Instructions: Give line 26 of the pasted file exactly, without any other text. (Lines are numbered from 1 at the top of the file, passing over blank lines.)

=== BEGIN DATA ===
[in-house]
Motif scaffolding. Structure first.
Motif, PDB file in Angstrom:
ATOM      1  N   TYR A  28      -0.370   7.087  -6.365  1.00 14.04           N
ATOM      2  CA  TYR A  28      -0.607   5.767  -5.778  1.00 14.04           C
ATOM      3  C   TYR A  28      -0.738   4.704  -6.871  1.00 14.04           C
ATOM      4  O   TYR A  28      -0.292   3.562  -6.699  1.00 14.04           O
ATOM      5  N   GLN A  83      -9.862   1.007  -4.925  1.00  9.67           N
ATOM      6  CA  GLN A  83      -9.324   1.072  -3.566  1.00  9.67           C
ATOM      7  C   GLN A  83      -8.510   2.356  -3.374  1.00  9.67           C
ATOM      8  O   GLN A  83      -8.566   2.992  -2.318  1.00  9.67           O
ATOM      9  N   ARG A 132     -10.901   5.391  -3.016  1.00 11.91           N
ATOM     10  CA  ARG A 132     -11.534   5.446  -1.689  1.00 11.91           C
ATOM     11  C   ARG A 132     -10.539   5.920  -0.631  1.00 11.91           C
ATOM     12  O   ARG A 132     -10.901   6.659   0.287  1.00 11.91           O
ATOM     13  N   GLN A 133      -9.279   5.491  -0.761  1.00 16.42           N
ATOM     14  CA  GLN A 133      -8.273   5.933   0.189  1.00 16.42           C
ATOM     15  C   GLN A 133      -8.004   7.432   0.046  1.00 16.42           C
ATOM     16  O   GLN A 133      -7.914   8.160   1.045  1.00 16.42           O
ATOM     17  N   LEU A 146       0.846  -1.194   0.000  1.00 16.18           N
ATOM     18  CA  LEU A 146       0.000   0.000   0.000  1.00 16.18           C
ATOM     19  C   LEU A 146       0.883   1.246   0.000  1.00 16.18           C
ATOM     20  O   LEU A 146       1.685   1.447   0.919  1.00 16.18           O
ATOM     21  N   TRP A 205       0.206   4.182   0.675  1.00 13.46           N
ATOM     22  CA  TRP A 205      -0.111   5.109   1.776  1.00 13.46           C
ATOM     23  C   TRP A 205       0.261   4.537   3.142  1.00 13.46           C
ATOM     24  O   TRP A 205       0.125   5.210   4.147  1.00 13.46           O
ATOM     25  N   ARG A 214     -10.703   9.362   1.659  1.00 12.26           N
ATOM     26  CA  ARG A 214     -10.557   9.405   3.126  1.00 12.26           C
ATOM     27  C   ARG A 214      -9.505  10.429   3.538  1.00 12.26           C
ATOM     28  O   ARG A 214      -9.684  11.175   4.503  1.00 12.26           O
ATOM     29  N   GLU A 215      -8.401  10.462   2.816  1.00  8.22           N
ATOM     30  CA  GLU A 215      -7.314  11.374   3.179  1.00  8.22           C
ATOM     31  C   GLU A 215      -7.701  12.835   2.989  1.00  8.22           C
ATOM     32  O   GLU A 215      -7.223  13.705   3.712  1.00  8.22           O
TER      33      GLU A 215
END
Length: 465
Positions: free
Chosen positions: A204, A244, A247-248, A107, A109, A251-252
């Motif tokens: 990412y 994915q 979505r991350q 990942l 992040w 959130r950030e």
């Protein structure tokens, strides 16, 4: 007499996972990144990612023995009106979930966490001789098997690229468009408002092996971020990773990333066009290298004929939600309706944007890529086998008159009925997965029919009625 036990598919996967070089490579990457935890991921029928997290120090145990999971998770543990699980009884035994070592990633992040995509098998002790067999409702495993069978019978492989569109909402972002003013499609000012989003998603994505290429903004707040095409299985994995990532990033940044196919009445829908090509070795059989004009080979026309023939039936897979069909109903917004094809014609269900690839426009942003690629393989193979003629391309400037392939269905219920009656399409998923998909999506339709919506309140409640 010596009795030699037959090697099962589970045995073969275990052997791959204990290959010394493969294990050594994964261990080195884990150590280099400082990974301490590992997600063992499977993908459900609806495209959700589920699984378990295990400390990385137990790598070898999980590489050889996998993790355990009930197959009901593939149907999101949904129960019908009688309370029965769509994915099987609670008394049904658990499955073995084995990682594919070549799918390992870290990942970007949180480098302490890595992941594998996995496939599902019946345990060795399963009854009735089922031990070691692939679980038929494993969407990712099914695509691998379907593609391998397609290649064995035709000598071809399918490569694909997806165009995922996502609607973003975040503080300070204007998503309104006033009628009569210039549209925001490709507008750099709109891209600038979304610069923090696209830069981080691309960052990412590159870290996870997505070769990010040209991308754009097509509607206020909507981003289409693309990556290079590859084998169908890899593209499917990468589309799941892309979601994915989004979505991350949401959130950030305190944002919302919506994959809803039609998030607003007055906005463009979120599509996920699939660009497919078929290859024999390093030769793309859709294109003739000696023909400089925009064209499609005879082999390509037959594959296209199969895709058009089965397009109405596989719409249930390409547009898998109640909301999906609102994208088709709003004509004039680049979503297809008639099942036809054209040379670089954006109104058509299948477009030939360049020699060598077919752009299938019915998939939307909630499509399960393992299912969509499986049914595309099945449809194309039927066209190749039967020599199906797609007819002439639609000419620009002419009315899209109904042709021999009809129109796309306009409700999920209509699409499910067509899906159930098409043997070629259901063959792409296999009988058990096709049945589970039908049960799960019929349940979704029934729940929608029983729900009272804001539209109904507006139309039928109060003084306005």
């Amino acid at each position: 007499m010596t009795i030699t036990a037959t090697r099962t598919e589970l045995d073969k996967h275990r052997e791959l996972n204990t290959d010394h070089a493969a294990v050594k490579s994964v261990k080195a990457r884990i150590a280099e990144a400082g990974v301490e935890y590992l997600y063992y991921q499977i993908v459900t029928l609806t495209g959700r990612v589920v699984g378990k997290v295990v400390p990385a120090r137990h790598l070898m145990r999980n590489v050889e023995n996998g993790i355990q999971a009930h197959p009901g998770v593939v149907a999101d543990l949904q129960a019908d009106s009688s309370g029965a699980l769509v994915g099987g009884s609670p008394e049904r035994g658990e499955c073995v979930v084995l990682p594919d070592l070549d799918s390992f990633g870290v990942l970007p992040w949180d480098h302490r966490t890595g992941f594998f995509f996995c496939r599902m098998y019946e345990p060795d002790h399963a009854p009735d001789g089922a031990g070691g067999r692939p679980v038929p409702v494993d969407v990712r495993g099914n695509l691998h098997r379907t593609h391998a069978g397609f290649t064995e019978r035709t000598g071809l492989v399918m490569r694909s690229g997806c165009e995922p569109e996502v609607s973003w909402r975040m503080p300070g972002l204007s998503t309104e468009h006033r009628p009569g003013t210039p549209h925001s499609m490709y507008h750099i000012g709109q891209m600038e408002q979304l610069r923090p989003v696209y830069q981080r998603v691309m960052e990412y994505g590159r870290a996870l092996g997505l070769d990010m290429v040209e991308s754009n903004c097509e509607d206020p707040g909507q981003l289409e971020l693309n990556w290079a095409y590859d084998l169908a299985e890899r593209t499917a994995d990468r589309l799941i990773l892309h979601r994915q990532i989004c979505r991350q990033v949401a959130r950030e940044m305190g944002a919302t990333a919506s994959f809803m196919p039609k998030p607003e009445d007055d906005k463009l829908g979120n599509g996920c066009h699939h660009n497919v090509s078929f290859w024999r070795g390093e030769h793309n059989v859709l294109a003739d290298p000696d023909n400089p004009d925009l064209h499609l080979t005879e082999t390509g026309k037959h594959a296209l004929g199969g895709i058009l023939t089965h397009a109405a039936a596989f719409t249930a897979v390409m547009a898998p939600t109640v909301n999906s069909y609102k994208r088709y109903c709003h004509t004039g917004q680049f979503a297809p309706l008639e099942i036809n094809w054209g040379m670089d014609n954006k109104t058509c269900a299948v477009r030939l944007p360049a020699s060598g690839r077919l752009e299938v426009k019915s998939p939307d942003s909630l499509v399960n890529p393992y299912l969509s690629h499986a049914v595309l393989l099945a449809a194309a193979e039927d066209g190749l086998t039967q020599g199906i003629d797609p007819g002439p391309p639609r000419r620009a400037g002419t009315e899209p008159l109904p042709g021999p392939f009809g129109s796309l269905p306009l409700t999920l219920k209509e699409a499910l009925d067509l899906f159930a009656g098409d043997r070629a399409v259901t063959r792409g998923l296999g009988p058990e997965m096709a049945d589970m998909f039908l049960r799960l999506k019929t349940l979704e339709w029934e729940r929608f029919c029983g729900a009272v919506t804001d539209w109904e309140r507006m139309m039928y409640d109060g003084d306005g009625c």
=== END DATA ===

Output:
ATOM     23  C   TRP A 205       0.261   4.537   3.142  1.00 13.46           C